In the play, Agamemnon by Aeschylus, how does Clytemnestra inherit Agamemnon's hubris?

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readerofbooks | College Teacher | (Level 2) Educator Emeritus

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This is a great play, even though it is very difficult to translate from the Greek. This is the hardest play that I have ever translated. With that said, here are few points. 

First, you need to understand a bit about the context. Agamemnon was the leader of the expedition to Troy. However, as he was leaving, there was a problem, as he offended the gods. To atone for his transgression, he has to offer his daughter, Iphigenia, to gain favorable winds. Agamemnon, rather than calling off the expedition, he does the unthinkable.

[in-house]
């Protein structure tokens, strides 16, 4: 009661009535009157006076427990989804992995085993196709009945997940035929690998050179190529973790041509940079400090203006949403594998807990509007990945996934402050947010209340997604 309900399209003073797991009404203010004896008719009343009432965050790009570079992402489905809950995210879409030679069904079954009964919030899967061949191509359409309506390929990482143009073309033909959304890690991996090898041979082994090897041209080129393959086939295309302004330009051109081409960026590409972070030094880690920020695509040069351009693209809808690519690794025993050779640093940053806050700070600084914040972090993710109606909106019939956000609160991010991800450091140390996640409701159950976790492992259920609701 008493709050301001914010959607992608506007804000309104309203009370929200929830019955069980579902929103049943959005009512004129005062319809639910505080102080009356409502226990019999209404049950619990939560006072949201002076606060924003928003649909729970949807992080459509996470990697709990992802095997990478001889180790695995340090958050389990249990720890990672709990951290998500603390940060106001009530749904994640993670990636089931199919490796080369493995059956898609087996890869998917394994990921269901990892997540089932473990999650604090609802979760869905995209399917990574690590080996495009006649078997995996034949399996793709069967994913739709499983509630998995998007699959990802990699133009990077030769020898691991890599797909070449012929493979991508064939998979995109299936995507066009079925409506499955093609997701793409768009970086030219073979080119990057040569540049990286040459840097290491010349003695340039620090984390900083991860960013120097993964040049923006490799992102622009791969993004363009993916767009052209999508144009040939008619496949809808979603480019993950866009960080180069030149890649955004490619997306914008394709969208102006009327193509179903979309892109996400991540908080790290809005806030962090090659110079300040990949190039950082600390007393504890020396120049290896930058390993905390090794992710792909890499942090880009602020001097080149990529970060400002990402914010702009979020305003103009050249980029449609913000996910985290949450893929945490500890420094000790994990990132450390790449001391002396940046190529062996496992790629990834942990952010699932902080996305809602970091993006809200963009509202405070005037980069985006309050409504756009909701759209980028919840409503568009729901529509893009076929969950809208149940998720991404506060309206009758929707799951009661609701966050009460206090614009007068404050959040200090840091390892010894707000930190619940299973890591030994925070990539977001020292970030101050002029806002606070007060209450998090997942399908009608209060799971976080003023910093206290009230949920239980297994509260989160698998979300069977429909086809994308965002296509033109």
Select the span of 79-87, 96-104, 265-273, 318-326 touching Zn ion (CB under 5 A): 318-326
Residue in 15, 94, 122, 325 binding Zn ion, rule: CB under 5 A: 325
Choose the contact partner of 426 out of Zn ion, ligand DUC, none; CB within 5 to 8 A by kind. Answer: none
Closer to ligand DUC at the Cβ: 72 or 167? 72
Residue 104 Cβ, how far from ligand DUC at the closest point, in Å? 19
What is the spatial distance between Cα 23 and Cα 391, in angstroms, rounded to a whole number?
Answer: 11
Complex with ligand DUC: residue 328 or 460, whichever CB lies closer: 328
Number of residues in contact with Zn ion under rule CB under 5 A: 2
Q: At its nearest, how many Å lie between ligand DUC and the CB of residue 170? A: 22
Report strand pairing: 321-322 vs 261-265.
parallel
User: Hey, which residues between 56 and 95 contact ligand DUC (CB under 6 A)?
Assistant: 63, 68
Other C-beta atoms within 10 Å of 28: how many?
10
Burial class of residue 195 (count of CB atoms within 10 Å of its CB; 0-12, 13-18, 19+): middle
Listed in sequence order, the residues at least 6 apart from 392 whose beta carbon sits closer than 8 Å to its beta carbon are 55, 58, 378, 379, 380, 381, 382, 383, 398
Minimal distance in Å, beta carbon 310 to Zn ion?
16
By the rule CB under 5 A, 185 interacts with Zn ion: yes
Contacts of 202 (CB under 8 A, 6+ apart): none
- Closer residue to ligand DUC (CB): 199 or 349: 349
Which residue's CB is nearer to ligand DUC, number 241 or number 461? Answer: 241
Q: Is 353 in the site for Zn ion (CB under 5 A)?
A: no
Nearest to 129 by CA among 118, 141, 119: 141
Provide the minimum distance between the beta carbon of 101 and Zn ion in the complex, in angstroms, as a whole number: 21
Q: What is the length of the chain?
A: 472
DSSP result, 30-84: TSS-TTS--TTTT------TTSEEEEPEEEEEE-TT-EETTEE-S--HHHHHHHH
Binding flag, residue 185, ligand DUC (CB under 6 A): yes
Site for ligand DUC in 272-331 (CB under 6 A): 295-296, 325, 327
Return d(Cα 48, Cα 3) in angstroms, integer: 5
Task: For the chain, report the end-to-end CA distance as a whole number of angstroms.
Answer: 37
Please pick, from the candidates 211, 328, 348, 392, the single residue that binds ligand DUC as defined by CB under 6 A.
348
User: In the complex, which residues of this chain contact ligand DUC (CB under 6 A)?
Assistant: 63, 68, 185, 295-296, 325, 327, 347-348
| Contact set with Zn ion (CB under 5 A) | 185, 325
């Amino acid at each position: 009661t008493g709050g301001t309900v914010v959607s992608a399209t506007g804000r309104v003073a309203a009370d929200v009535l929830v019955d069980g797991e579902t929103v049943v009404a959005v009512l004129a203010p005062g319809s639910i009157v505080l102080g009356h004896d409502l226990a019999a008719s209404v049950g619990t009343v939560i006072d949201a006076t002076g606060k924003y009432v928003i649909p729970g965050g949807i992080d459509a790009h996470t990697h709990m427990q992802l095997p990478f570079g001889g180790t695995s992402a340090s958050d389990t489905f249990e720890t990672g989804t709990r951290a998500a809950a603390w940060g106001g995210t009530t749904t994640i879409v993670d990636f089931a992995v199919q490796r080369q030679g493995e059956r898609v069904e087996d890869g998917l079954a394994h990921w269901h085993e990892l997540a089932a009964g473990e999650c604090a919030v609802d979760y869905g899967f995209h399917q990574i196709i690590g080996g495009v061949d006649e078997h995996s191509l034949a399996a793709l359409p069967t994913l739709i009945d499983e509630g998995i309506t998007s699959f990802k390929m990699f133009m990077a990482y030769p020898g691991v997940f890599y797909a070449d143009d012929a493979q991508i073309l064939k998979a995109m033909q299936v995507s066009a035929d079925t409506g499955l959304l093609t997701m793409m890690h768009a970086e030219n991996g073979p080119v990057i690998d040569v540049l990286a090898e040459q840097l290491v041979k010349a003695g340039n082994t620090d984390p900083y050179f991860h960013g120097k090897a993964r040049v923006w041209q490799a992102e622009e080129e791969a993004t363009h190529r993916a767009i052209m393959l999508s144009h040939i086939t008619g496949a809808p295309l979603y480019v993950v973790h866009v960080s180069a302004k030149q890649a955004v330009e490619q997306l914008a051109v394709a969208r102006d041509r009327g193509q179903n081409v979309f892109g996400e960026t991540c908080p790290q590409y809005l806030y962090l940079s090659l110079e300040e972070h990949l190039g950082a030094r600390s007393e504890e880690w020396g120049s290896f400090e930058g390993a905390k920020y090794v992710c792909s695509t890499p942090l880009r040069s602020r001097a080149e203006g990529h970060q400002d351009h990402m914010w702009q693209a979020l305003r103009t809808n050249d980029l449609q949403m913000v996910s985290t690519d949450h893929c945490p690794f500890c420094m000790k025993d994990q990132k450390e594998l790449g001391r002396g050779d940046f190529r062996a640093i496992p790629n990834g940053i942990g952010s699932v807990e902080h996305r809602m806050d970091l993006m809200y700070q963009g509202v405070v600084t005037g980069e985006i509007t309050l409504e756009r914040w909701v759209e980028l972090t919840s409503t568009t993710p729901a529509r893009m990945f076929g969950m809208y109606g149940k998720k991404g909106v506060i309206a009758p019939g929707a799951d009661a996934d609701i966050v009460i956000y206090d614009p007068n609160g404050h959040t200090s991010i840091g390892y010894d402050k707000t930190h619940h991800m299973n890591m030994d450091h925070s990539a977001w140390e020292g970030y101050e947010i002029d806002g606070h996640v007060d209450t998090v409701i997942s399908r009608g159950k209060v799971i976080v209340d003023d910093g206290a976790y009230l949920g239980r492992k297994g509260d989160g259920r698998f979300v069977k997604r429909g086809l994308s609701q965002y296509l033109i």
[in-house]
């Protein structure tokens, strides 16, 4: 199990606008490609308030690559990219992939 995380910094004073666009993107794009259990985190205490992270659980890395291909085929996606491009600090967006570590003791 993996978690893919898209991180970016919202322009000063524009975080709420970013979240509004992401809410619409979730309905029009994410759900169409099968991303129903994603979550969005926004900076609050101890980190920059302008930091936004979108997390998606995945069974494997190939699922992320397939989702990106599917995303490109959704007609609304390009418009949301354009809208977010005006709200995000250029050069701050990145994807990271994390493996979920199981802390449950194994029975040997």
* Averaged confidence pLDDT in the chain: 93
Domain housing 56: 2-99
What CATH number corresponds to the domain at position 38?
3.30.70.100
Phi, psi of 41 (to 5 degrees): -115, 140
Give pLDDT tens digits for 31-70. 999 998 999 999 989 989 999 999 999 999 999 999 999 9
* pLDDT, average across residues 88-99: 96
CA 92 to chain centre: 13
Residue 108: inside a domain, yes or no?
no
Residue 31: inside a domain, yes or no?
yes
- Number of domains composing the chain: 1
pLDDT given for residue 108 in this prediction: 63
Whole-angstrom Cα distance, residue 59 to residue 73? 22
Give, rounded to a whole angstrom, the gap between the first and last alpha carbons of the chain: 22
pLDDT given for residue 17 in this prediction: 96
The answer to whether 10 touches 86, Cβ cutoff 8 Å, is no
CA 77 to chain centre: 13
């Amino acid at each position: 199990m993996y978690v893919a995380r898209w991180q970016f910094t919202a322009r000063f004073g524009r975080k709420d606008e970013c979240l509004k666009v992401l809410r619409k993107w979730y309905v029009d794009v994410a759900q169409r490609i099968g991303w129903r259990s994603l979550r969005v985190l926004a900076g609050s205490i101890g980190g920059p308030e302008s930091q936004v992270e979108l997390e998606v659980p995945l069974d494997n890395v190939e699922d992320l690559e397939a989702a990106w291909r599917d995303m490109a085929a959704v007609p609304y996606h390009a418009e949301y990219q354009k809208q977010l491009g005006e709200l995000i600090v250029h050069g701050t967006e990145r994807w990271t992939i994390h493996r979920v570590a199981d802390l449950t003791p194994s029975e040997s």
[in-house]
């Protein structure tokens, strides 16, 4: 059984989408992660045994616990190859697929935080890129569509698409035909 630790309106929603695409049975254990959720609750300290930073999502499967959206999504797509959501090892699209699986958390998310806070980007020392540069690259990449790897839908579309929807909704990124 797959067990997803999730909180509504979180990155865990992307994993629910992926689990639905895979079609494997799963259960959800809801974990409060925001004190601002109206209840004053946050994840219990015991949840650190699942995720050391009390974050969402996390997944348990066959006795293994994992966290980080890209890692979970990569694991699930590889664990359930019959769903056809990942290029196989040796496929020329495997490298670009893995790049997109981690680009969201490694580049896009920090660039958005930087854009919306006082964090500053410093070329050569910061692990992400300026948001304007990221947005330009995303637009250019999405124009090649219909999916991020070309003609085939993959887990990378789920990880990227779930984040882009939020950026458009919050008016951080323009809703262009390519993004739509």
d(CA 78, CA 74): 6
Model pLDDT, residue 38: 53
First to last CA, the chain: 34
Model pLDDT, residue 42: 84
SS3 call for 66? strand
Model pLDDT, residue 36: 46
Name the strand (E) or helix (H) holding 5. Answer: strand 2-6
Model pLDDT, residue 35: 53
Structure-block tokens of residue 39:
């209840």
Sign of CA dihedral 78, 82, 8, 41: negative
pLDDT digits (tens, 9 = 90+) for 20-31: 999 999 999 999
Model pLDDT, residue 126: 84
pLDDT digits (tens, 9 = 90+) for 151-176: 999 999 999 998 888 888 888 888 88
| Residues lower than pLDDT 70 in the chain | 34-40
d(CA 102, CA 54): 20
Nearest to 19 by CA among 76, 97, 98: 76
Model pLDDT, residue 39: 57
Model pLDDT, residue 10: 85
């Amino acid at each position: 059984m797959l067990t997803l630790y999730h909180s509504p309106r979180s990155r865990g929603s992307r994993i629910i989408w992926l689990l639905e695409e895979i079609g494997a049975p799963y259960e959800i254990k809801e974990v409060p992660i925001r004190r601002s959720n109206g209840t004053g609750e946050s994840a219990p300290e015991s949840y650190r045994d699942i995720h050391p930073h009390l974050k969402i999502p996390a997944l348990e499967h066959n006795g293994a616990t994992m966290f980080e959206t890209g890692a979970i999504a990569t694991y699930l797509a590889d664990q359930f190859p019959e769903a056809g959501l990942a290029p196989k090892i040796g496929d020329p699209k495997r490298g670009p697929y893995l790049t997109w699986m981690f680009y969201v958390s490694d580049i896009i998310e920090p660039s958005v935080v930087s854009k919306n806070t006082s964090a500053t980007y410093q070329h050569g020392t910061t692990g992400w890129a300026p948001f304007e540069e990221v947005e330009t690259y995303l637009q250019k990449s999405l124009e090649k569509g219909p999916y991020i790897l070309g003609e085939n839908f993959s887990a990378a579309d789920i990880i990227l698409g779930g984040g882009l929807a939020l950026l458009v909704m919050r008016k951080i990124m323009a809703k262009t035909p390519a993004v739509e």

Second, of course, his wife and the mother of Iphigenia, is outraged. So, while Agamemon is gone off to war, she plots to kill him. After ten long years, Agamemon returns and Clytemnestra welcomes him and there is no sense that he is going to kill him. She is masterful in hiding her intentions. 

Third, we can see great hubris in the fact that she slays her husband, which is unthinkable (as well) in the bath. There is also a religious connotation, because it is a bath to purify himself. She, therefore, takes matters into her own hand a she meets the murder of her daughter with the murder of her son. This, then, in turn creates blood guilt that does not leave the family. The Orestia is the story of this blood guilt, which stated in hubris and has been sustained by it as well. 

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